BERG’N: Wide-Open and Waiting For You In Brooklyn

Written by admin on January 13, 2018

BERG’N • CROWN HEIGHTS, BROOKLYN

[This is part five in a series of sneak peeks from the chapters of my book Bars, Taverns and Dives New Yorkers Love, coming out in March 2018 from Rizzoli Publishing.) You can order it online now at Powell’s, Amazon, and Barnes & Noble.]

Berg'n by John Tebeau © 2018

“Berg’n” by John Tebeau © 2018

Community, the heart and soul of Berg’n, is mainly why people love it, but the other features put it over the top. With its long, sleek, wooden picnic table seating, bright walls and high ceilings, it can feel like a rowdy postmodern beer hall at times, with 12 taps and a full bar to back it up. Berg’n features a full coffee bar, two pinball machines, a courtyard, a giant projection TV screen and good food. Oh, the food: four separate kiosks housing four different rotating food vendors, each one a favorite from Brooklyn’s wildly popular eating extravaganza Smorgasburg, which showcases over 100 local purveyors of inventive chow every Saturday and Sunday. (Berg’n cofounders Jonathan Butler and Eric Demby are the guys behind Smorgasburg, an outgrowth of their baby the Brooklyn Flea, an eclectic weekend craft/flea/food market.)

With all the packs of friends, multifamily groups and couples I saw at their Sunday brunch, Berg’n reminded me of a picnic area at the state park near where I grew up, spacious and open to everyone, a mix of ages and types of people: kids, young parents, and older people. Families and singles, good friends and perfect strangers, all enjoying the same communal space, eating, drinking, laughing and being human. Sure, it’s got walls and a roof, but Berg’n manages an outdoor, park-like feel, a place to be part of something big: life.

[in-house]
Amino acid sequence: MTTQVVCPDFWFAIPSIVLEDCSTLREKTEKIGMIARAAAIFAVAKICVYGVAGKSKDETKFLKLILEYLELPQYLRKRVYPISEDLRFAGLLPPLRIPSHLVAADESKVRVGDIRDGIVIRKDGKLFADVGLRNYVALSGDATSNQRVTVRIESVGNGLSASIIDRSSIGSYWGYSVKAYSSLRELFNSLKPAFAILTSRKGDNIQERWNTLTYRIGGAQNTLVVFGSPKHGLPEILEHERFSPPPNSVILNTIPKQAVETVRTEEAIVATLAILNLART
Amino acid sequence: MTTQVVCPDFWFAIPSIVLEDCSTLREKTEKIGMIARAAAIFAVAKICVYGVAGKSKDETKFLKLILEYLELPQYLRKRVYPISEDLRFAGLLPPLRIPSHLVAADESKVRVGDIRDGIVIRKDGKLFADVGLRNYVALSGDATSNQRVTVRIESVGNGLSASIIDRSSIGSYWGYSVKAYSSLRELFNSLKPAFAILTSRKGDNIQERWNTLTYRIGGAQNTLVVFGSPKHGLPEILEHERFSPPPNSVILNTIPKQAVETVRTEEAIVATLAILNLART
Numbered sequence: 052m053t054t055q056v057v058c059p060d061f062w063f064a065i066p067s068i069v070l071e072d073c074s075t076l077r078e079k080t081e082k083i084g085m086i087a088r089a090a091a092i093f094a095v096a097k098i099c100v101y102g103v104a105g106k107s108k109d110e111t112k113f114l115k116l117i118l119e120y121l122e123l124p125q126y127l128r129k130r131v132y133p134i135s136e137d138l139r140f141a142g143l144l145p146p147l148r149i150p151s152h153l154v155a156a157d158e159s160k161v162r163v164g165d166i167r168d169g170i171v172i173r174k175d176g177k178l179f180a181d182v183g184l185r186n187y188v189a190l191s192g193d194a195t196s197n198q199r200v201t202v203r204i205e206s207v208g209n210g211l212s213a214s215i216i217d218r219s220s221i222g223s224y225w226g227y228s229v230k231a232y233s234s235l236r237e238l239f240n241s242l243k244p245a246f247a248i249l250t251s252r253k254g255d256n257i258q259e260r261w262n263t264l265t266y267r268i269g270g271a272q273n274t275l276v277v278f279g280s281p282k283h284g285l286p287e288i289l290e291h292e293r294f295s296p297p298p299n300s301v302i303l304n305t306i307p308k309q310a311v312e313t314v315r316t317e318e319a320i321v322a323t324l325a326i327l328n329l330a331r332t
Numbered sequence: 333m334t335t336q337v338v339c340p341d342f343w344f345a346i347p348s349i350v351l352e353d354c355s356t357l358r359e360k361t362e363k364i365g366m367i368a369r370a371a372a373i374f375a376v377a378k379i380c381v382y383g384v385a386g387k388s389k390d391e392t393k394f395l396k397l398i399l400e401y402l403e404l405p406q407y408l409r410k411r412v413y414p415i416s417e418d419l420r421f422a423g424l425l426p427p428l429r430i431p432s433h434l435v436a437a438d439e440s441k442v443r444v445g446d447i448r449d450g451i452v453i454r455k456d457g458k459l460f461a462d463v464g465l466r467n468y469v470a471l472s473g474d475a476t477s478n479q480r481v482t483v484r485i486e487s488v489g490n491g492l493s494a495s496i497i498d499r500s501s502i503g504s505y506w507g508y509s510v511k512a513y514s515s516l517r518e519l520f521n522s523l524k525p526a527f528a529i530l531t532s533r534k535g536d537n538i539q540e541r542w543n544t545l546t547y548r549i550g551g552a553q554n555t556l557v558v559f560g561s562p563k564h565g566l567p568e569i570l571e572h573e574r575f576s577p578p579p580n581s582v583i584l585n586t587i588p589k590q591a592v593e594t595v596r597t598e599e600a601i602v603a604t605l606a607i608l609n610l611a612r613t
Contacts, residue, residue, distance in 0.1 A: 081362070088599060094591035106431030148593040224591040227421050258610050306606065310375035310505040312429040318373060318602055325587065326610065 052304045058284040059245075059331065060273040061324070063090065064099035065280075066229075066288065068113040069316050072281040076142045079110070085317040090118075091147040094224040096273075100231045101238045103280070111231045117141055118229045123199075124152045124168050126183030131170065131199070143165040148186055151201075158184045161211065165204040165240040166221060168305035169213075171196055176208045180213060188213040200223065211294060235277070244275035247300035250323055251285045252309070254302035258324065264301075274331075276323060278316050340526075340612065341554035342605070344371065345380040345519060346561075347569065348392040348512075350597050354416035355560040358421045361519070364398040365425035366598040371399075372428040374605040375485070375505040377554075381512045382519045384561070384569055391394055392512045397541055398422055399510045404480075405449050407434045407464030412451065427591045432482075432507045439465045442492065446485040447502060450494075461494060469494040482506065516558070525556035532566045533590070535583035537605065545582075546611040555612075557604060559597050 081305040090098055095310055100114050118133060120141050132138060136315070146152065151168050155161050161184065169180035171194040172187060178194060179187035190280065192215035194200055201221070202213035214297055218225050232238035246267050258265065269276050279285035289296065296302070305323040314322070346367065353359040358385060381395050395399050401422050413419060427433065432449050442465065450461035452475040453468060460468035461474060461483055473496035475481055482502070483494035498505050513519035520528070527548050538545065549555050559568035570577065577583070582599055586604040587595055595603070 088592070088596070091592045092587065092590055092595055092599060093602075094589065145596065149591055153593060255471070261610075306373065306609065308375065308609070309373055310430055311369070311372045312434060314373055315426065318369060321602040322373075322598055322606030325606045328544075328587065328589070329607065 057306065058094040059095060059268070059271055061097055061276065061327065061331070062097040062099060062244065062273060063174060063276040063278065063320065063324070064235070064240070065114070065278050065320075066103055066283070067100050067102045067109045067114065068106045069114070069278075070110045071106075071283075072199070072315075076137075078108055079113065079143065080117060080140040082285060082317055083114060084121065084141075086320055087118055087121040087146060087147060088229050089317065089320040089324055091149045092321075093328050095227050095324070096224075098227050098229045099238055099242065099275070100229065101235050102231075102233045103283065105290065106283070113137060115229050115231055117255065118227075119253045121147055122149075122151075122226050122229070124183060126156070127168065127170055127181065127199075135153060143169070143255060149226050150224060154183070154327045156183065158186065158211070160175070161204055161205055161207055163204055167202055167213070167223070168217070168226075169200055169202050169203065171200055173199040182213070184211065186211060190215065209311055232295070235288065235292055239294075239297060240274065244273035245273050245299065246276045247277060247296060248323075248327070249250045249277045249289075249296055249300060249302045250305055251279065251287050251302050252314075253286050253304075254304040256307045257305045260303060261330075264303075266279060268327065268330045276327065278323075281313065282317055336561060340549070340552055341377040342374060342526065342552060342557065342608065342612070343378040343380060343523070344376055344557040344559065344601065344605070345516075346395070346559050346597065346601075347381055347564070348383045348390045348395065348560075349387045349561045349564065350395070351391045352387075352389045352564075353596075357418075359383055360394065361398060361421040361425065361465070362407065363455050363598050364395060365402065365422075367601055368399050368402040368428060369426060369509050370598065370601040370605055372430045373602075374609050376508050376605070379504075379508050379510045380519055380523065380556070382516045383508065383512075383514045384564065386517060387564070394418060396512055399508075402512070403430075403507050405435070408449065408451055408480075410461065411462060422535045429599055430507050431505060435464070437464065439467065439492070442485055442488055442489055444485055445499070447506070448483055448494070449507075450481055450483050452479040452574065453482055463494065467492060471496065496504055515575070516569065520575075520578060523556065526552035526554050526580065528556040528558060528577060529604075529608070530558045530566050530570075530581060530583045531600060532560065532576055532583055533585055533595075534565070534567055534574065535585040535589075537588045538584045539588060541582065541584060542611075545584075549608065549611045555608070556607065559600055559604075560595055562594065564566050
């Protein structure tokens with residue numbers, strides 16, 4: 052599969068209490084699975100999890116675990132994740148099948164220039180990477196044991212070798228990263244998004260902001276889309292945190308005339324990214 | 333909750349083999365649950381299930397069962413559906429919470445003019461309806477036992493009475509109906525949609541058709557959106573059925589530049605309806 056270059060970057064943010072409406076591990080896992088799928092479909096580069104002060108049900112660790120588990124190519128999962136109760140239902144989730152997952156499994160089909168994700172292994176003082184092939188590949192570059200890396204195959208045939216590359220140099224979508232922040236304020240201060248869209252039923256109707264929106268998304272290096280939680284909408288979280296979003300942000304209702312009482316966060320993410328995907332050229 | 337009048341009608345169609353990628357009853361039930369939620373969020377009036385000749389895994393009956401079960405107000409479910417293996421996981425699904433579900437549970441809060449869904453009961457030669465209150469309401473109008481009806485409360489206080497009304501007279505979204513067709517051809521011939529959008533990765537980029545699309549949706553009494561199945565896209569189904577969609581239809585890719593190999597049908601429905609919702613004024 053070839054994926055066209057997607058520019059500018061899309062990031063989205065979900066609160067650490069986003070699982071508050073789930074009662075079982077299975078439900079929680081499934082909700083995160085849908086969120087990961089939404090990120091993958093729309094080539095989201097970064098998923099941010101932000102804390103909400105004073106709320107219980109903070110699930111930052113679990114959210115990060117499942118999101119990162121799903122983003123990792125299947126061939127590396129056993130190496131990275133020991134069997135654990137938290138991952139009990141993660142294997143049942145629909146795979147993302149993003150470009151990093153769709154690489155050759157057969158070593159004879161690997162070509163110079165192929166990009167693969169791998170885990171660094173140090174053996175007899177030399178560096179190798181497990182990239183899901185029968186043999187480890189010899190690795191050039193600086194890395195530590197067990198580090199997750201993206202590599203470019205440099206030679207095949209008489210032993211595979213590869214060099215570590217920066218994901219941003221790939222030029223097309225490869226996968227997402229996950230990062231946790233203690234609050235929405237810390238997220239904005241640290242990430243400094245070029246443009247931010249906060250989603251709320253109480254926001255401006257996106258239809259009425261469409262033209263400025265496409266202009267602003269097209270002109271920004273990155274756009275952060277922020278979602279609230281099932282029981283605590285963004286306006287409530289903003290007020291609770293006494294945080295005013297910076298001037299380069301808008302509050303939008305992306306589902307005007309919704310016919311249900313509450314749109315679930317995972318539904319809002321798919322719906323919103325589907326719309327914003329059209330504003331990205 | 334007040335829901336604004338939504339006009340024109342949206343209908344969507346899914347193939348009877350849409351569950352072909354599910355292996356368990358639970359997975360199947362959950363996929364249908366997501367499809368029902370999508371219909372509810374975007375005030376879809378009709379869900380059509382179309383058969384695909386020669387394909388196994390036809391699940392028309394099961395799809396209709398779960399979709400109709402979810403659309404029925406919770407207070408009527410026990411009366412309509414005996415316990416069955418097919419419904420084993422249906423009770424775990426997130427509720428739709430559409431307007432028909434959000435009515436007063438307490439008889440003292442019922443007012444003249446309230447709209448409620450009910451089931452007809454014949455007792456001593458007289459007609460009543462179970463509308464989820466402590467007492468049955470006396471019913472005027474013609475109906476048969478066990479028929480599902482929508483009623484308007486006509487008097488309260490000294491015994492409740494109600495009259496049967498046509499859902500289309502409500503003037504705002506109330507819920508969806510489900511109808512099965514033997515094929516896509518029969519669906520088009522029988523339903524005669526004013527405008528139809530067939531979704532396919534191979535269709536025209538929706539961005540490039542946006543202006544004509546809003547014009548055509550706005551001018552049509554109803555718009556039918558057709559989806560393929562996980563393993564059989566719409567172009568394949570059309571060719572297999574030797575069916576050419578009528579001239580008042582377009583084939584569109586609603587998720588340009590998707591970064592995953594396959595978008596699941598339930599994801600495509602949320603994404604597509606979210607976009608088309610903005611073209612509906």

When to Visit

Saturday brunch is a high-energy social scene and a great time when you’re in the mood for that, especially with a group. For a more low-key vibe, manager Jen Watson suggests showing up at Berg’n midweek in the late morning and hanging out to “watch it evolve.” She says, “Have coffee, lunch, beer, a snack, a cocktail, a proper dinner. You can use it however you want.”

Where to Sit

Butler likes the spot left of the elbow at the long, 20-seat, 1930s-era bar they found in a salvage yard in Scranton, Penn. “Good surveying spot,” he says. If you’re there with a group, grab a table right in the middle of the room and enjoy the vibe.

What to Drink

  • Start with one of their righteous draft beers, many of them local. The lineup changes week to week and includes some “one-off, super esoteric” selections, as Shelly the bartender told me one afternoon. You’ll find things like Grizacca, a dry-hopped Saison from Maine’s Oxbow Brewing, Von Trapp pilsner from Vermont, and Fully Frothed Imperial IPA from Brooklyn’s own Other Half. (Don’t like beer? Have a biodynamic wine—“No hangovers!” says Shelly.)
  • Next drink: For a beer hall, these guys have a strong cocktail program, and make a solid Manhattan. Gotta love a place that plays against type.

Recipe:

Berg’n’s Manhattan Cocktail

2 oz. Old Overholt rye
1 oz. Carpano Antica red vermouth
2 dashes Angostura bitters

Stir all ingredients with ice in a mixing glass. Strain and serve up in a chilled coupe glass and garnish with a lemon peel.

Next up: Bohemian Hall and Beer Garden of Astoria, Queens, another chapter of my book Bars, Taverns and Dives New Yorkers Love, which you can order right here. Limited-edition signed prints are available here.

Bars, Taverns Dives New Yorkers Love John Tebeau

The Book!

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